University Library, University of Illinois at Urbana-Champaign

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Subject
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Showing 241–280 of 2,600,720 items
  • Provide fewer menu options to avoid over-preparation and/or high volumes of leftovers
    Scholarship
    Description
    Some items available in school lunchrooms which are considered “extra foods” of “minimal nutritional value” are not creditable in offer versus serve (OVS) programs. Eliminating such offerings can reduce confusion in pricing and record keeping. Providing fewer menu items creates less waste, can help prevent over-preparation of food or high volumes of leftovers, and helps to focus efforts on the improvement of food items being served.
  • Submit an original lesson plan on diverting food for animal consumption
    Scholarship
    Description
    Raising awareness of the magnitude of the food waste problem and the issues involved among the next generation, and also examining potential solutions with them, helps to ensure that students will integrate desired behaviors and carry them into their decision-making roles in the future. Changing procedures is important for your school today, but changing the mindsets of students is important for our society tomorrow.
  • Do a baseline lunchroom waste characterization (pre waste-free lunch day or policy implementation)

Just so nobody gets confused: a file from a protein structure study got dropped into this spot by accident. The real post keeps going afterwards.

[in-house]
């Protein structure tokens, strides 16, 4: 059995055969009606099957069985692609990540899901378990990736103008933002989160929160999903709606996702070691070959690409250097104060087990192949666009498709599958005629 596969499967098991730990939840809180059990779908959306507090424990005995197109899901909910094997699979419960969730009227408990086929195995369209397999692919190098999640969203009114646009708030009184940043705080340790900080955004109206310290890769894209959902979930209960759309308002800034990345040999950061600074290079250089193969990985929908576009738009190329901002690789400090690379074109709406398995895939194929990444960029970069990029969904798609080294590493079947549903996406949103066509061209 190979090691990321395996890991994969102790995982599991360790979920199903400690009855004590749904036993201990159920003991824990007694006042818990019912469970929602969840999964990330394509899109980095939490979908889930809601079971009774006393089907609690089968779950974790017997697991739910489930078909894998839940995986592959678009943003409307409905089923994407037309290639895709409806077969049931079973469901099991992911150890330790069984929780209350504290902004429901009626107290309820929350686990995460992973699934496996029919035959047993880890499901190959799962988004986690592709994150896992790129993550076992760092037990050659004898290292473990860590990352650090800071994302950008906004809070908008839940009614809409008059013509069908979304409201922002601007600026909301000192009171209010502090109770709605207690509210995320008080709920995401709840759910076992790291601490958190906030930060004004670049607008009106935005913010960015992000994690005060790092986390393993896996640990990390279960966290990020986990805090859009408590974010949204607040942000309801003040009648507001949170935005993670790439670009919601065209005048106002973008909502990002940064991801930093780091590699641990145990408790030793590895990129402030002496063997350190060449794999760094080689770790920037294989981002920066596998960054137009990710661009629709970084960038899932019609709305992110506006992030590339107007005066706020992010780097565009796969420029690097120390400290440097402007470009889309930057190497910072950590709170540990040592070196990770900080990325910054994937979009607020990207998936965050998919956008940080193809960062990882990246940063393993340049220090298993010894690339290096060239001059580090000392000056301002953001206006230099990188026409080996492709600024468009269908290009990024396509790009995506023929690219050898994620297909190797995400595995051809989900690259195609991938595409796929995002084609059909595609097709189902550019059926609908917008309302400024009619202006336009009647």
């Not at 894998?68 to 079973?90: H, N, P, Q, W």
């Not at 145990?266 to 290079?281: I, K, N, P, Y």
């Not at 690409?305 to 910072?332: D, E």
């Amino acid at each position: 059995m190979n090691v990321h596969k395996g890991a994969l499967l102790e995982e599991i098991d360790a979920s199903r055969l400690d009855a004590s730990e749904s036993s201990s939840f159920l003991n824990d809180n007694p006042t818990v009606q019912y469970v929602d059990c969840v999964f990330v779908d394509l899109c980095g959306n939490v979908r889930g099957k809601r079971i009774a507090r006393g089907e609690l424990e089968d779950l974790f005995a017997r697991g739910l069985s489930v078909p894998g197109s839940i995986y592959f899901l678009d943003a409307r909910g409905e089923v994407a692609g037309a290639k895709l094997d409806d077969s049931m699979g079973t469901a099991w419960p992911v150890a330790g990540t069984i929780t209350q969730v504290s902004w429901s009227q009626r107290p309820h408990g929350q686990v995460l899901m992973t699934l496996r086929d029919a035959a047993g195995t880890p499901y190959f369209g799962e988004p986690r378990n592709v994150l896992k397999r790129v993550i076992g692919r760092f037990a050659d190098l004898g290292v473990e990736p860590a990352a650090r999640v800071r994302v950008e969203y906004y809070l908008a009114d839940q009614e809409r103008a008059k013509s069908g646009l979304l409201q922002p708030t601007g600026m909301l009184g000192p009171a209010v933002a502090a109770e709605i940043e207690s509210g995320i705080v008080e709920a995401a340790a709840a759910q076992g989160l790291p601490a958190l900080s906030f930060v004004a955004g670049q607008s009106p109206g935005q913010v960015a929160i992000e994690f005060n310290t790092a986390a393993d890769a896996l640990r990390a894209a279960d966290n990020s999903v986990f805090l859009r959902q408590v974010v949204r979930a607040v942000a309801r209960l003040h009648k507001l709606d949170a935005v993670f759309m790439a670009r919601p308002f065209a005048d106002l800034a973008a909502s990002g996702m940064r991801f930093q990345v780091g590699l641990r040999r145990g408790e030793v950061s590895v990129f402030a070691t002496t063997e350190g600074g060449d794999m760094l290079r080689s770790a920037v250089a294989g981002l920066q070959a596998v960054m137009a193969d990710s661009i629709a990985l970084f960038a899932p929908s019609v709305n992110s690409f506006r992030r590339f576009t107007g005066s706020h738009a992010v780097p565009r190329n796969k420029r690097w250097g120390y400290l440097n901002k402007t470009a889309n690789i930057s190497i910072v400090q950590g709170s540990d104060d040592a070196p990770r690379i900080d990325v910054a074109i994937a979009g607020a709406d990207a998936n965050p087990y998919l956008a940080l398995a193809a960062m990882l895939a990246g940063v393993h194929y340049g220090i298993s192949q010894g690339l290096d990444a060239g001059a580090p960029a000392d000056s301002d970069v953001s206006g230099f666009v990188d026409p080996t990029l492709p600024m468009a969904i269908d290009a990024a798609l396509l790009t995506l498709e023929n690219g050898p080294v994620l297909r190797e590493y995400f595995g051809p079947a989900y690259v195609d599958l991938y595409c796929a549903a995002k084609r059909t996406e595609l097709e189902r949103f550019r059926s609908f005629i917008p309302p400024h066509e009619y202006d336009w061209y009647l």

Scholarship
    Description
    Before making any changes to your lunchroom procedures that result in the reduction food waste, it’s important to get a feel for the types and quantities of waste being generated on a typical day. A baseline waste characterization helps to identify the major categories of waste that need to be addressed. It can also highlight simple changes that you can make to achieve immediate results.
  • Use creative names to encourage interest in trying new foods, choosing vegetables, etc.
    Scholarship
    Description
    Research has shown that the simple act of giving a food selection an interesting, appealing name can increase the amount of that item actually eaten by students. This marketing technique is simple and costs nothing but the time to be creative. If even slightly more of an item is consumed rather than thrown out because of an appealing name, that's a worthwhile return on investment.
  • INHS Reports, Spring 2003
    Scholarship
    Creator
    Illinois Natural History Survey
    Description
    INHS establishes site for organic research | Cave amphipod respiration in southwestern Illinois; Weather radars reveal bird migration patterns | Largemouth bass virus: an emerging fish pathogen | Important note to subscribers | Species spotlight: striped skunk | Naturalist's apprentice: animals make scents--the pheremone game
  • Establish an on-site compost pile
    Scholarship